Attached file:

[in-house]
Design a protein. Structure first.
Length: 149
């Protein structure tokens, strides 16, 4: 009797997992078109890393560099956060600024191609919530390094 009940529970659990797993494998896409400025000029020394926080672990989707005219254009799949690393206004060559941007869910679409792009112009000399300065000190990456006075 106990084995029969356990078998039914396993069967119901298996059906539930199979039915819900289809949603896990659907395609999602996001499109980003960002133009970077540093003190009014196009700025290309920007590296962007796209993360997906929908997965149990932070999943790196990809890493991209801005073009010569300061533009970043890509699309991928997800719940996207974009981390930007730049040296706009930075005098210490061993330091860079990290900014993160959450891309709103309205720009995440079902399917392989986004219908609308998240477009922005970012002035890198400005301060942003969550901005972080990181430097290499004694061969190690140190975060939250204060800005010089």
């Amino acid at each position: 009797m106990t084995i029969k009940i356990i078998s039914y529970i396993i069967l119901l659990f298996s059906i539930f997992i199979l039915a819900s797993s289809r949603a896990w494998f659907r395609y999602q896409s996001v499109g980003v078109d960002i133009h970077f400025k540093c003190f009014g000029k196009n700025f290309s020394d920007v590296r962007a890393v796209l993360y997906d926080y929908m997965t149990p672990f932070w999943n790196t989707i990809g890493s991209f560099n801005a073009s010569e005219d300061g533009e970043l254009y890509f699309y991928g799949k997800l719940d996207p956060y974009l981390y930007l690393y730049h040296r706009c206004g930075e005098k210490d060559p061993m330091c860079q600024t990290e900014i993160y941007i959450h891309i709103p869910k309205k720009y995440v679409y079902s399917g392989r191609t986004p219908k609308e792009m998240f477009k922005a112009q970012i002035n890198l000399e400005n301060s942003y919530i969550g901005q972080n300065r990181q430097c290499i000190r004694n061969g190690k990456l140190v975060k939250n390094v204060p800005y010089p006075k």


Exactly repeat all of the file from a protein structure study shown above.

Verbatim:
[in-house]
Design a protein. Structure first.
Length: 149
């Protein structure tokens, strides 16, 4: 009797997992078109890393560099956060600024191609919530390094 009940529970659990797993494998896409400025000029020394926080672990989707005219254009799949690393206004060559941007869910679409792009112009000399300065000190990456006075 106990084995029969356990078998039914396993069967119901298996059906539930199979039915819900289809949603896990659907395609999602996001499109980003960002133009970077540093003190009014196009700025290309920007590296962007796209993360997906929908997965149990932070999943790196990809890493991209801005073009010569300061533009970043890509699309991928997800719940996207974009981390930007730049040296706009930075005098210490061993330091860079990290900014993160959450891309709103309205720009995440079902399917392989986004219908609308998240477009922005970012002035890198400005301060942003969550901005972080990181430097290499004694061969190690140190975060939250204060800005010089």
């Amino acid at each position: 009797m106990t084995i029969k009940i356990i078998s039914y529970i396993i069967l119901l659990f298996s059906i539930f997992i199979l039915a819900s797993s289809r949603a896990w494998f659907r395609y999602q896409s996001v499109g980003v078109d960002i133009h970077f400025k540093c003190f009014g000029k196009n700025f290309s020394d920007v590296r962007a890393v796209l993360y997906d926080y929908m997965t149990p672990f932070w999943n790196t989707i990809g890493s991209f560099n801005a073009s010569e005219d300061g533009e970043l254009y890509f699309y991928g799949k997800l719940d996207p956060y974009l981390y930007l690393y730049h040296r706009c206004g930075e005098k210490d060559p061993m330091c860079q600024t990290e900014i993160y941007i959450h891309i709103p869910k309205k720009y995440v679409y079902s399917g392989r191609t986004p219908k609308e792009m998240f477009k922005a112009q970012i002035n890198l000399e400005n301060s942003y919530i969550g901005q972080n300065r990181q430097c290499i000190r004694n061969g190690k990456l140190v975060k939250n390094v204060p800005y010089p006075k």